How to Manage Version Control on Documents and 4 Reasons Why it is Essential

All of us are familiar with this situation: We save a 'final' version of a file on our computer or the office shared network. The moment we've finalized it, an email arrives with a request for a few 'small changes,' and there we have another version of our hitherto 'final' file!  Once we've handed off the document to the client or internal stakeholder, there are always a few more suggestions and edits. Another final version? Our instinctive tendency to use the word 'final' in our file naming convention is relatively meaningless!

In smaller teams, it may take a few emails back and forth to ensure that the final version is known to everyone. But in a larger organization where multiple users work collaboratively on the same documents, this situation may cause serious issues. Handing off an older version of a file to a vendor, partner, or client is not a small error and may potentially damage the company's reputation or even lead to commercial losses.

A document management software with automated version control brings order back into the scene.

What exactly is document version control?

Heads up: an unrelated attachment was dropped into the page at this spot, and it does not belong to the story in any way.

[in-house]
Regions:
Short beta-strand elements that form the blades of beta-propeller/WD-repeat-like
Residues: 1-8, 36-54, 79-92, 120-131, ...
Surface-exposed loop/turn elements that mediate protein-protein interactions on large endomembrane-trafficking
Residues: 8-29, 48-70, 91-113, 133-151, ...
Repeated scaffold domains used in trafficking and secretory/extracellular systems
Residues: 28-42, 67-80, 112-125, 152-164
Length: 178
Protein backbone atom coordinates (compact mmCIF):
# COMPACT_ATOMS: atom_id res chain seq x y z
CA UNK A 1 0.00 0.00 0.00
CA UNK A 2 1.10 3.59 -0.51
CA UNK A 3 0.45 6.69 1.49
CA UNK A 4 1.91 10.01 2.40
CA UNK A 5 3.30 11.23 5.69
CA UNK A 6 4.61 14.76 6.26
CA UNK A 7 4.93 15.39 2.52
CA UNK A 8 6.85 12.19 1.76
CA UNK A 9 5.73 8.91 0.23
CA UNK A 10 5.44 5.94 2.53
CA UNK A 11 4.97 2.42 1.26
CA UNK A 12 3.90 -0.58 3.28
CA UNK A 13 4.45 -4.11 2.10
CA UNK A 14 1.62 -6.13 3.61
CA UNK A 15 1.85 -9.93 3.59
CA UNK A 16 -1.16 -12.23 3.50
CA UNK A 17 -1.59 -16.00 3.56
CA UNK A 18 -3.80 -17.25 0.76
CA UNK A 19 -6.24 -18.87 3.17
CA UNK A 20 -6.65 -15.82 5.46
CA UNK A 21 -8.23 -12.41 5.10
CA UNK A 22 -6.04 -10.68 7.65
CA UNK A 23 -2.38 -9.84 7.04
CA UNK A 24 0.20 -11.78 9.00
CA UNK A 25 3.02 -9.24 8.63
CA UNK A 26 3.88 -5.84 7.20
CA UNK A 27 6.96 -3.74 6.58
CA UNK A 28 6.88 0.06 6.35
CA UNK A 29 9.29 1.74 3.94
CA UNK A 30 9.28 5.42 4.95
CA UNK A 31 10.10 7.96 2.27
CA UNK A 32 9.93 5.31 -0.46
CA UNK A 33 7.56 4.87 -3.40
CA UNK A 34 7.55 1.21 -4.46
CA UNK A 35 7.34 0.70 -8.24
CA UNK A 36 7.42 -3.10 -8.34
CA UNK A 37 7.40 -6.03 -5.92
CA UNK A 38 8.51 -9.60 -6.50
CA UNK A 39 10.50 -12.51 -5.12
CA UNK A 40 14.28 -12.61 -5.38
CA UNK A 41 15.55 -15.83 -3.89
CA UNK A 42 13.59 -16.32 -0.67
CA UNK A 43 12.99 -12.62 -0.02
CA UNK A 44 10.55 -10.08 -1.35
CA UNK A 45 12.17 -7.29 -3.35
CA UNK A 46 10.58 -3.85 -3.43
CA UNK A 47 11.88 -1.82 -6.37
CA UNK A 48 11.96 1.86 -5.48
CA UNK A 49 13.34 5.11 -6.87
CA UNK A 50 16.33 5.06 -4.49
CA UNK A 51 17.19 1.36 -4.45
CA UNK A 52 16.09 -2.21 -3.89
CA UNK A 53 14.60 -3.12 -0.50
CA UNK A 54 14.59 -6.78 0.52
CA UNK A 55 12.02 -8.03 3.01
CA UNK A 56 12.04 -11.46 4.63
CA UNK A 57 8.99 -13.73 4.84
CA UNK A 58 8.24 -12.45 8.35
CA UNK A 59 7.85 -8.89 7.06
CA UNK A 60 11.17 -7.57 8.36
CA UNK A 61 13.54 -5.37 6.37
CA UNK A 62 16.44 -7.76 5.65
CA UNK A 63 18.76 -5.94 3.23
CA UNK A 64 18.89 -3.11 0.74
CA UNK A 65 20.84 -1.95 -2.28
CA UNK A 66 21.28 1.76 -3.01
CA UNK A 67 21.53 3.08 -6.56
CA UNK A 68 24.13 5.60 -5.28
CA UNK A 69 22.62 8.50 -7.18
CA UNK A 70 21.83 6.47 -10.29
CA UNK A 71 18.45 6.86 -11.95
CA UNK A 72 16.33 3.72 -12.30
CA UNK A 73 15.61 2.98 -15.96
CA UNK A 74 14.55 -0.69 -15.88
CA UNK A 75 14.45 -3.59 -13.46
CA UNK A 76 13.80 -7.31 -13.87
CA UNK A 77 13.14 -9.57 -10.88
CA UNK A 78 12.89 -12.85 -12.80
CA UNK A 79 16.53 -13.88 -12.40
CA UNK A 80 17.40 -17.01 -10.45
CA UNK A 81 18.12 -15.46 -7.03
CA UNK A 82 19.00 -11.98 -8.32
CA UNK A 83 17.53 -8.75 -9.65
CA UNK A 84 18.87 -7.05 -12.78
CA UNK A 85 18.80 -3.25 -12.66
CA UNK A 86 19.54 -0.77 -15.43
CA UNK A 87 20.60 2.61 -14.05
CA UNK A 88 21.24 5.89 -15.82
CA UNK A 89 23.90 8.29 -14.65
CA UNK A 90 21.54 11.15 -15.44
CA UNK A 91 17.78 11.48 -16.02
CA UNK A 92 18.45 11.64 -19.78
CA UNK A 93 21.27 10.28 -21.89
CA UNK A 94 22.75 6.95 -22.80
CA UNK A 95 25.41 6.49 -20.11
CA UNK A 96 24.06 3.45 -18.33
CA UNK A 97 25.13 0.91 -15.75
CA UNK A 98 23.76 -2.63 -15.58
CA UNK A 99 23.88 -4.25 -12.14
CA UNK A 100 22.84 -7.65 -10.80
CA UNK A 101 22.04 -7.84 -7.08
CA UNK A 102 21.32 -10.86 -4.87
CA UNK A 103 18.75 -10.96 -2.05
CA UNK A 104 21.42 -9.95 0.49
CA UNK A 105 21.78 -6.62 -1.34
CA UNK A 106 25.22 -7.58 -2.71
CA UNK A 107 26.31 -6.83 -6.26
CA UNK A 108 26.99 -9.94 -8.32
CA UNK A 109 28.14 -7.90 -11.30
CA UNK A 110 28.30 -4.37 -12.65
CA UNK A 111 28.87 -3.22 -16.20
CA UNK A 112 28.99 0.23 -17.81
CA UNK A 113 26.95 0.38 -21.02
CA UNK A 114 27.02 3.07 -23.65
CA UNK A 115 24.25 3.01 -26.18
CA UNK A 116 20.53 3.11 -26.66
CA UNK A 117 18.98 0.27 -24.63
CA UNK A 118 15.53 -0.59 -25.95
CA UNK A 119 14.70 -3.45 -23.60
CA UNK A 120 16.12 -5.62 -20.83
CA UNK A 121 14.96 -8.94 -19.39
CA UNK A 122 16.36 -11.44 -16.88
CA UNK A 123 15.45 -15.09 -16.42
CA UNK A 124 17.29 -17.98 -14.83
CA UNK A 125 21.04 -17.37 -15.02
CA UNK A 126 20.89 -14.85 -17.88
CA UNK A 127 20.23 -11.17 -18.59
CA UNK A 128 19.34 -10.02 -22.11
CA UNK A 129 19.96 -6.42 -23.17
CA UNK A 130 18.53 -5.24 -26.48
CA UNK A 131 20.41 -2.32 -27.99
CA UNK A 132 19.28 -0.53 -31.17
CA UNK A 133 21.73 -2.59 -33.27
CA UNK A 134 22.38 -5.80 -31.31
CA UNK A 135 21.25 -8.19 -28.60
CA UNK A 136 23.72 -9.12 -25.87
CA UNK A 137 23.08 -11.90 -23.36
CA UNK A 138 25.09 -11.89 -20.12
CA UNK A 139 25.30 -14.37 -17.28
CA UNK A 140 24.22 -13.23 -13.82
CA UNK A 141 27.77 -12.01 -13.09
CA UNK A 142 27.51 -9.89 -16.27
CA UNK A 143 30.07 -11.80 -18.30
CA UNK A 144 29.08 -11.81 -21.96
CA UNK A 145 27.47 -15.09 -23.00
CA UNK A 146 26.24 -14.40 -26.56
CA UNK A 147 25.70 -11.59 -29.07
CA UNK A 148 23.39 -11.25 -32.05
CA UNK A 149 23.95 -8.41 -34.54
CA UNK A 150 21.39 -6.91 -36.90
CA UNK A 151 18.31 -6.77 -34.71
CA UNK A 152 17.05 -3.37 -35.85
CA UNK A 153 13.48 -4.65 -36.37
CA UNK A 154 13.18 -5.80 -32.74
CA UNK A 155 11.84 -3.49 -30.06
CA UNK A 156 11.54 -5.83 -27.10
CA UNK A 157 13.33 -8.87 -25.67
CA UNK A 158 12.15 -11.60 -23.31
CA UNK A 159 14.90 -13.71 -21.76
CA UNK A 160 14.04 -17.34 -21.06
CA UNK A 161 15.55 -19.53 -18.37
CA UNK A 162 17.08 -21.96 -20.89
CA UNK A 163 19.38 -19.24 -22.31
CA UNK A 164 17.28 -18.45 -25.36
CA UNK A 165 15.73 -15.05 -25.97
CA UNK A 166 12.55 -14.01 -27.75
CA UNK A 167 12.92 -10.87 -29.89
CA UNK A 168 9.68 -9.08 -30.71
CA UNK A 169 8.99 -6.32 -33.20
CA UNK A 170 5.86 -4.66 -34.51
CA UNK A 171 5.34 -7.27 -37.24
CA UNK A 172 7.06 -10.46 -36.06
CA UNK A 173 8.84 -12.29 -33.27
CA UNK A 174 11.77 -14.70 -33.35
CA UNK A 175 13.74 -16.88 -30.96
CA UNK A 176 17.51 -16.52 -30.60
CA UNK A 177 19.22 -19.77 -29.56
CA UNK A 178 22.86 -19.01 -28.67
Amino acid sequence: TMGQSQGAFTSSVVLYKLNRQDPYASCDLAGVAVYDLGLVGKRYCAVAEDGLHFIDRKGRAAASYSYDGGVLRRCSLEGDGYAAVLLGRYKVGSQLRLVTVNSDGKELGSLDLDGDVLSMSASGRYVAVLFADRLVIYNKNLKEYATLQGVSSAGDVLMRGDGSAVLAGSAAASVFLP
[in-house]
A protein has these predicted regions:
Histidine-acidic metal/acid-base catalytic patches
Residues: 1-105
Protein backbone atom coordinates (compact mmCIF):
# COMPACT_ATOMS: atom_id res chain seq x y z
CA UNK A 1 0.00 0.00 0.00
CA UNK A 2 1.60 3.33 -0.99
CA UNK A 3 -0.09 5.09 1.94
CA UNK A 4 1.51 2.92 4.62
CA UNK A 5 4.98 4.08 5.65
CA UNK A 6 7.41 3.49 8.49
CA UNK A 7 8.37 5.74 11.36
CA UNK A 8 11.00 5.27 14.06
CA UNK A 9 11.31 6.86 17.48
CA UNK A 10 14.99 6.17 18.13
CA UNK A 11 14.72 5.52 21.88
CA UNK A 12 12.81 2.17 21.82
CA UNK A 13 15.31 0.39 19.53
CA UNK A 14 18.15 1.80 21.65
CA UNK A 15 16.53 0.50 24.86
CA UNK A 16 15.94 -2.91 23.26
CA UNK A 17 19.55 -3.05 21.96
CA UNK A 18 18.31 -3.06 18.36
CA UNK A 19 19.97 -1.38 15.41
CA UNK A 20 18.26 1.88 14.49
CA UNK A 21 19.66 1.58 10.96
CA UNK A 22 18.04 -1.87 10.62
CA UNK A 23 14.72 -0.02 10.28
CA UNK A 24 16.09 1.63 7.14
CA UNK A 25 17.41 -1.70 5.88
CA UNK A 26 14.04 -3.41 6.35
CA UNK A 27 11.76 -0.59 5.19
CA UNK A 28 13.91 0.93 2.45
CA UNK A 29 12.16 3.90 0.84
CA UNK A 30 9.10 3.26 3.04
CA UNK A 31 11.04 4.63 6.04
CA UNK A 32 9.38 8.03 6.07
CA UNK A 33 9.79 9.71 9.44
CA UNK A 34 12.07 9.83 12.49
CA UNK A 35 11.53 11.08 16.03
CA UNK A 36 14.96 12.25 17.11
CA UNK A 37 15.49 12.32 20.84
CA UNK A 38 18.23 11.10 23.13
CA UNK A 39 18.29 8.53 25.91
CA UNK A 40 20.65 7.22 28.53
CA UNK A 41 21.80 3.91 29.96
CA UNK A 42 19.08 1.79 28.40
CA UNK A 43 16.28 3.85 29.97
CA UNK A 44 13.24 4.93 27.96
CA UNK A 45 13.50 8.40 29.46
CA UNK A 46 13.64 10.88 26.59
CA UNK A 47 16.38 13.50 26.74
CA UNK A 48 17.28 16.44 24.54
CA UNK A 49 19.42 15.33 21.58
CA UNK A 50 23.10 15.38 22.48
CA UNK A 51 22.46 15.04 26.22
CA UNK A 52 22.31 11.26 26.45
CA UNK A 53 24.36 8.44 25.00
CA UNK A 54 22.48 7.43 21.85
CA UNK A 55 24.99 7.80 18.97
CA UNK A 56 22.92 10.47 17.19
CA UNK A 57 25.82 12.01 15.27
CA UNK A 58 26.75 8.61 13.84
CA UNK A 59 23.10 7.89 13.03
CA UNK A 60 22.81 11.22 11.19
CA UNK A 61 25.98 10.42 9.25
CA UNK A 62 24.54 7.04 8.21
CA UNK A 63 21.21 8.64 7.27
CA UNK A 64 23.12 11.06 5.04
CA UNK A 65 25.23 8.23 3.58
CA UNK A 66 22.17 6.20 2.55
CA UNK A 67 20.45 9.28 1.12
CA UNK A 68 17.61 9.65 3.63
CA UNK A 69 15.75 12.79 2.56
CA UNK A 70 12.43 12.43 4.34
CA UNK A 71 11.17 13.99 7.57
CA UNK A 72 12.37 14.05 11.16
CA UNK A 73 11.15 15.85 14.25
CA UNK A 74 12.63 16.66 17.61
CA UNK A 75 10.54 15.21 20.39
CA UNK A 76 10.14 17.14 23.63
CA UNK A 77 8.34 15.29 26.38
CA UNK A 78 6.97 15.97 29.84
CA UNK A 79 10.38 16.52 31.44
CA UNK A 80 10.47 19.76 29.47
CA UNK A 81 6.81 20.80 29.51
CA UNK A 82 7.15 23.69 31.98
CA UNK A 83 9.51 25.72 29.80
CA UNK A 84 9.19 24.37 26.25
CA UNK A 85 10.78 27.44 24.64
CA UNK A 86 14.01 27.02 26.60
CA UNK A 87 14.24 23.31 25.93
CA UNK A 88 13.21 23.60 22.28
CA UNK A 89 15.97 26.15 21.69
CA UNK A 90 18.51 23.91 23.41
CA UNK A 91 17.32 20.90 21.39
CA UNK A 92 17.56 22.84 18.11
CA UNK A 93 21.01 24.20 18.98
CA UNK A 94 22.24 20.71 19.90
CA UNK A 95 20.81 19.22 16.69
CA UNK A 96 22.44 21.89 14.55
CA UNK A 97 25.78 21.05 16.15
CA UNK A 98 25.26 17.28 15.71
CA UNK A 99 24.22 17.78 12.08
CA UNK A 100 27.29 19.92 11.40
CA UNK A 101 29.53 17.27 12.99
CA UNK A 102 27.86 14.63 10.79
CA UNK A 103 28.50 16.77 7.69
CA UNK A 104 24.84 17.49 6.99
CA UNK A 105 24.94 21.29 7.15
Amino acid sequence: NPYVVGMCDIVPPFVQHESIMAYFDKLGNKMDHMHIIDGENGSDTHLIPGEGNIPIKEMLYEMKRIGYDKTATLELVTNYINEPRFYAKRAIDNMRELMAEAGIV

Document version control, sometimes also called version management or revision control, is a method of tracking and managing changes made to digital files while logging the history of the changes—so all changes are traceable and reversible.

Version control software centralizes documents, so remote users work collaboratively and synchronize their content edits or modifications. Modern version control systems also merge multiple changes from different sources into the same file. Version control also works on media formats such as video and image files. The system's end goal is that all users have access to the latest version, and they can restore a previous version if required. 

The version control mechanism works in this way:

  • If a user wants to edit a file, it is checked out first. That means it is tagged as locked for editing by that user, and no one else can claim it for editing.
  • Once the modifications are complete, the document is checked in again. The system updates the document's version number, and other users can now claim it for editing (i.e., check out the document for modifications.)

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Why choose a DMS with version control?

We have all encountered a situation in which we're searching for a file and discover it has multiple versions, and we have no idea which one is the latest or correct one! And sometimes, you make changes to a file, only to find you have updated the wrong version.

The risk of working on the wrong file or an older version of a file is very high when there are multiple versions, and there is no practical way of controlling these versions, especially when users are geographically distant or remote. If someone edits, changes, or deletes a document by error, and you don't have the version control feature in your DMS to restore old versions, all work done will be lost.